HAVANA TIMES – With Prime Minister Manuel Marrero seeking support in China, Cuban President Miguel Díaz-Canel cut the ribbon this year for the 39th edition of the Havana International Fair (Fihav) with his Minister of Foreign Trade and Foreign Investment, Ricardo Cabrisas. The change was noticeable in the suit with tie, compared to the guayaberas of the last edition but, above all, in the prominence of Russia, one of the specialties of Cabrisas, who is also deputy prime minister.
Spain was once again the country with the most presence at the Fair, with 80 companies, and is the first investor in Cuba, Europe’s main trading partner and second in the world. However, the majority of praise went to Russia, with just 20 companies, mostly chemicals, food, logistics and energy. The country’s stand took center stage with the presence of Díaz-Canel at its inauguration and the praise went back and forth.
“It is another example of the growing interest of the Russian business community in the Cuban market as a result of the intergovernmental visits carried out between our presidents. We inaugurated the Antillana de Acero steel plant, the most modern of its kind in the country. We hope that it will soon be put into operation. the rolling mill is underway,” said Víctor Koronelli, ambassador to the Island, who valued the Russian presence at Fihav as a fundamental step in relations. “Together we will win,” he snapped.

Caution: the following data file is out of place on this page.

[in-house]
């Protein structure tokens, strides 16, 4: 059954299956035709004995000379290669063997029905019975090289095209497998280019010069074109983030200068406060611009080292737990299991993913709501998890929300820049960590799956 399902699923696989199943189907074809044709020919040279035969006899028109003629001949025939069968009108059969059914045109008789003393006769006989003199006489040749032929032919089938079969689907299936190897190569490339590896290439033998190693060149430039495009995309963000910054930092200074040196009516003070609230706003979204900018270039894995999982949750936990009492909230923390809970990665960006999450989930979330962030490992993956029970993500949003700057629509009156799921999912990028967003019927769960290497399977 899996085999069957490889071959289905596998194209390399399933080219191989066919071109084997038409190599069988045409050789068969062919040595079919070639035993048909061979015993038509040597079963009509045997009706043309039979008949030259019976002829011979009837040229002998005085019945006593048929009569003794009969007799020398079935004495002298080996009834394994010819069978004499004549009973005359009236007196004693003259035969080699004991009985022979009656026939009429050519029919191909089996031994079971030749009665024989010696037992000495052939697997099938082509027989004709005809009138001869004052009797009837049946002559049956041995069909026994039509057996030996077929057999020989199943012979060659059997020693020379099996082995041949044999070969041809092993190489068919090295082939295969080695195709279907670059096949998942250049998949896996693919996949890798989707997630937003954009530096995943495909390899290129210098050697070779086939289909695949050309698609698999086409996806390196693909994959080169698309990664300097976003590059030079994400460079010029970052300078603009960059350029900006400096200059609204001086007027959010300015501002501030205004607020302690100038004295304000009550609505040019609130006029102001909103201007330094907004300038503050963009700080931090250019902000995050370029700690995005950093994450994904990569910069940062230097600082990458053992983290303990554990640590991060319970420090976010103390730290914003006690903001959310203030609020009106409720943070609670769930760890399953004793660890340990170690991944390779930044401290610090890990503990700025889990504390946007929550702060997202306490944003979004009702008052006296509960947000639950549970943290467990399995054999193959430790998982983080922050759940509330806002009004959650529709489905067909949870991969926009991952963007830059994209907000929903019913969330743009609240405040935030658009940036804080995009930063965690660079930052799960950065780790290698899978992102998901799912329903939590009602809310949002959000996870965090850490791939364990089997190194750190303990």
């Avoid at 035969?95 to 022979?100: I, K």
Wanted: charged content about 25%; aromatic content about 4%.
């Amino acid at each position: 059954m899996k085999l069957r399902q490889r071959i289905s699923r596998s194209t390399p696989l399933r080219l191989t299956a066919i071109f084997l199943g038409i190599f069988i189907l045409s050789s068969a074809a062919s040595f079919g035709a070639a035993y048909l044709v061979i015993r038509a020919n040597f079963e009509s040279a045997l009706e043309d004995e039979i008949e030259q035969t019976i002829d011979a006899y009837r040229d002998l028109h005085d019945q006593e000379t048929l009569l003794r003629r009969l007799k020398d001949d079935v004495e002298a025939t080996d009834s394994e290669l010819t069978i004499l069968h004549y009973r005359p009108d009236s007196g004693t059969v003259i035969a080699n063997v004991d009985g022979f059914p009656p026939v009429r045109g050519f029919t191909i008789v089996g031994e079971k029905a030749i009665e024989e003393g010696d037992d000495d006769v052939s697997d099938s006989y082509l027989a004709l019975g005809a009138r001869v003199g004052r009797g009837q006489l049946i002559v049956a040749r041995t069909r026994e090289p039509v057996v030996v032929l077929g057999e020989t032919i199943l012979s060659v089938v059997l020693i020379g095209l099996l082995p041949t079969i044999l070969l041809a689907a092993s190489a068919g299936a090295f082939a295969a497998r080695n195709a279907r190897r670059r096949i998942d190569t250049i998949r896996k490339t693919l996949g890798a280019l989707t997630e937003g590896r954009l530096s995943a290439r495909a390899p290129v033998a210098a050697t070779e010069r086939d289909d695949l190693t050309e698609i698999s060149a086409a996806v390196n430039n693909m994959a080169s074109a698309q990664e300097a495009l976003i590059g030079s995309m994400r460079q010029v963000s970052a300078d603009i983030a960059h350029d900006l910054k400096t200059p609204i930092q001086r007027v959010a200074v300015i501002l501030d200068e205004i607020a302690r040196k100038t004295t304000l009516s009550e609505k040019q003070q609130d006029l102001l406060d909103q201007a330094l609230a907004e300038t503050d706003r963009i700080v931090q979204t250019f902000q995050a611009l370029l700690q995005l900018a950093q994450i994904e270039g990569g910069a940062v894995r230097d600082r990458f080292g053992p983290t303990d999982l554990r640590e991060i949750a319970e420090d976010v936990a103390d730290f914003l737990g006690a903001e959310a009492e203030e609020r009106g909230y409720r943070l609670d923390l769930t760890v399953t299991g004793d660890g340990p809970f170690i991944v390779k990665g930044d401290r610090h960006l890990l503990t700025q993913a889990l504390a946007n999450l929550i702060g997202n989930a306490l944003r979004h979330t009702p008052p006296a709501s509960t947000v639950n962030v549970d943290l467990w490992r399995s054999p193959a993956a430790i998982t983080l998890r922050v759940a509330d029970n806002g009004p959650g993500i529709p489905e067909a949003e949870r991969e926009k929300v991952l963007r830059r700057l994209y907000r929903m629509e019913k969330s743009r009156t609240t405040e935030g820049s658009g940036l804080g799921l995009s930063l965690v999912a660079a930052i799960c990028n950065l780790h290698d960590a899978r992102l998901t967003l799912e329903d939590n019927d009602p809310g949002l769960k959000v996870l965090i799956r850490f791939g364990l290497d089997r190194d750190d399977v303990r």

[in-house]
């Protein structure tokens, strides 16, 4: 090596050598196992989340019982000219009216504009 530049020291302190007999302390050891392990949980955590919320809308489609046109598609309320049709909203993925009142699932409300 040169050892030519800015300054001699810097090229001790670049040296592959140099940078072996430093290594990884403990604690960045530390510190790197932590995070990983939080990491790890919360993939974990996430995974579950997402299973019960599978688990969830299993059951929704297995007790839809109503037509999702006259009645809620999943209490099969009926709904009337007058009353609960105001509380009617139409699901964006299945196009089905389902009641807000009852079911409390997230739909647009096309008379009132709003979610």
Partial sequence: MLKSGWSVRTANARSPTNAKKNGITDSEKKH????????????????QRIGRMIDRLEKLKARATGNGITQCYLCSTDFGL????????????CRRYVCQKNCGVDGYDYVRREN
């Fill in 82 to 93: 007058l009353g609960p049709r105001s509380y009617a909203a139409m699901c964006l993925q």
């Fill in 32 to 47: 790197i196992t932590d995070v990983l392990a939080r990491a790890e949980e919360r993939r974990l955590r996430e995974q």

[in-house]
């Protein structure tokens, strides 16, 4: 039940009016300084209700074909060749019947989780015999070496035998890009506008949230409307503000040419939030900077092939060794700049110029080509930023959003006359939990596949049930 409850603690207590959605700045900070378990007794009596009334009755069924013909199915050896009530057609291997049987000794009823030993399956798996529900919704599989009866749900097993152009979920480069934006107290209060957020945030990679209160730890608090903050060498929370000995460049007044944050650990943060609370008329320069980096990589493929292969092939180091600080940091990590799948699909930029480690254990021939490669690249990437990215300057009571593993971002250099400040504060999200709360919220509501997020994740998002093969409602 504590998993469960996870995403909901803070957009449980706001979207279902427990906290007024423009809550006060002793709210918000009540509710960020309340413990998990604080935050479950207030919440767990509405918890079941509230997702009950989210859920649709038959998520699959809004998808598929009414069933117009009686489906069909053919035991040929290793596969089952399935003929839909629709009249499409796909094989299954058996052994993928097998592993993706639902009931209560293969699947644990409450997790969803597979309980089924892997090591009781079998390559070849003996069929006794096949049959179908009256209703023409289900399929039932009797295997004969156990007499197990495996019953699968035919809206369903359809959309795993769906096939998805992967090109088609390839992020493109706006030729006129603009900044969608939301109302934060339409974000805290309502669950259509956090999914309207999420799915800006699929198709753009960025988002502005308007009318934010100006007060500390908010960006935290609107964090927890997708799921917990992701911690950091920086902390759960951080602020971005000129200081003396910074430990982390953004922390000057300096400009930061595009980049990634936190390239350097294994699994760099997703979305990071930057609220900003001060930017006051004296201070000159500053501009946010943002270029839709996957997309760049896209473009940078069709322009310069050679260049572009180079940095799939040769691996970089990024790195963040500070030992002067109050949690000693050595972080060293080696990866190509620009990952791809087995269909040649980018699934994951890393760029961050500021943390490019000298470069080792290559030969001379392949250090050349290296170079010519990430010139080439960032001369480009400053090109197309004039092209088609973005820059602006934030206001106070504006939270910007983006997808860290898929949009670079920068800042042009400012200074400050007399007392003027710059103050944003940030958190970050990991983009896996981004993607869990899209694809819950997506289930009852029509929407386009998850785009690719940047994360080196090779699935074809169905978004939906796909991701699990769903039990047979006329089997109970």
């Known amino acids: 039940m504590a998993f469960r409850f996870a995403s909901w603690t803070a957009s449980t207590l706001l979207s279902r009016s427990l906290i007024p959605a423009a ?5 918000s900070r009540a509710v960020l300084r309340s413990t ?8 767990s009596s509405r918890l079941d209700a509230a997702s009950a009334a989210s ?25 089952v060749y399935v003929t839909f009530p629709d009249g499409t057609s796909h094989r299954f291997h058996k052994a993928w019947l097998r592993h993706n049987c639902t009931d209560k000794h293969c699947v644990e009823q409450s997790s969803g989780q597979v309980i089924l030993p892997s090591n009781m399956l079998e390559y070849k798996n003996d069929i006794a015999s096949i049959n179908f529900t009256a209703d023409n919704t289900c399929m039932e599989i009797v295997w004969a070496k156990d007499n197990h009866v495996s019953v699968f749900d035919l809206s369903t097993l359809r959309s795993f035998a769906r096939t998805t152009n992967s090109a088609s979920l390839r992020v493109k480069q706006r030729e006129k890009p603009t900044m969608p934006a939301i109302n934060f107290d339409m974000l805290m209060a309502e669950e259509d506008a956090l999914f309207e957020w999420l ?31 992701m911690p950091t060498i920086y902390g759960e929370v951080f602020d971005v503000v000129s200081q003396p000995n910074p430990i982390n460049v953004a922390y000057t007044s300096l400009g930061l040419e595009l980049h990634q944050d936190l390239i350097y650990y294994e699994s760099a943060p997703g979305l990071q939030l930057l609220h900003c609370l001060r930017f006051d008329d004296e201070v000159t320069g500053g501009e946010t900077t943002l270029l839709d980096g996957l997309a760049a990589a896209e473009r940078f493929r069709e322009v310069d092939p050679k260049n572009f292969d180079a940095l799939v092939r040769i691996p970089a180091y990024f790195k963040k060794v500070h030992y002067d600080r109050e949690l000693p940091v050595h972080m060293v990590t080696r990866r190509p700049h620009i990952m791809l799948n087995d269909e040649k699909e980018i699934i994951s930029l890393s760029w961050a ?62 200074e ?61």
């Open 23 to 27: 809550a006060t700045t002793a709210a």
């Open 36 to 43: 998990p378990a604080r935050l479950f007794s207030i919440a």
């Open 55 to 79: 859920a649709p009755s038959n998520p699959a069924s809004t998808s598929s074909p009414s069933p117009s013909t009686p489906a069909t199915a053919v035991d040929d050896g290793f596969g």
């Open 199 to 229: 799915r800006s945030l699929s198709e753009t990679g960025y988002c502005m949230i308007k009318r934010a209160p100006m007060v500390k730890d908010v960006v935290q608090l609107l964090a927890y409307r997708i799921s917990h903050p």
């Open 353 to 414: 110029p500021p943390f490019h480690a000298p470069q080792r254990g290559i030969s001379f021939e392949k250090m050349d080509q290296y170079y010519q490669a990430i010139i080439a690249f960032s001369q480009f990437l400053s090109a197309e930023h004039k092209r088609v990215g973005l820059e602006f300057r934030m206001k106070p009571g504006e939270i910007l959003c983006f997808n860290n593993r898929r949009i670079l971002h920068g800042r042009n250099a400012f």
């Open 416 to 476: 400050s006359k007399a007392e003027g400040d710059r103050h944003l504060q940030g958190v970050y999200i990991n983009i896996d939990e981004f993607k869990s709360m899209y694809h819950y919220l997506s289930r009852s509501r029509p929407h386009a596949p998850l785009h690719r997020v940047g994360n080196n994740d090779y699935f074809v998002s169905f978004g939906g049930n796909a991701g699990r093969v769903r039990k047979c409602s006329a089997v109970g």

Ana Teresita Fraga, first vice minister of Foreign Trade and Foreign Investment, celebrated the way in which economic relations have increased, in correspondence with political ones, and insisted on the contribution that Cuba can make to Russia: “being a bridge with Latin America, a region that has a lot to offer the world.
“Our relationship, in addition to being strategic partners, is allies,” stressed the official, who was joined by Antonio Carricarte, president of the Cuban Chamber of Commerce, who also praised the government visits and participation in economic forums of both. parts. “The presence of Russia ratifies their confidence in our economy. And not only for exchanges with our country, but as a bridge to the region,” he added.
The two parties were convinced of the potential of Russian tourism in Cuba, which they believe will grow with the resumption of direct flights at the end of the year. “Next year we want to reach 200,000 Russian tourists,” said Koronelli, an ambitious goal if one takes into account that the best year ever (2019) saw 177,977 travelers from that country and, since then, the drop has been strong even discounting factors such as the pandemic and the lack of flights due to European sanctions after the invasion of Ukraine. As of October 2023, 120,065 Russian tourists visited Cuba this year.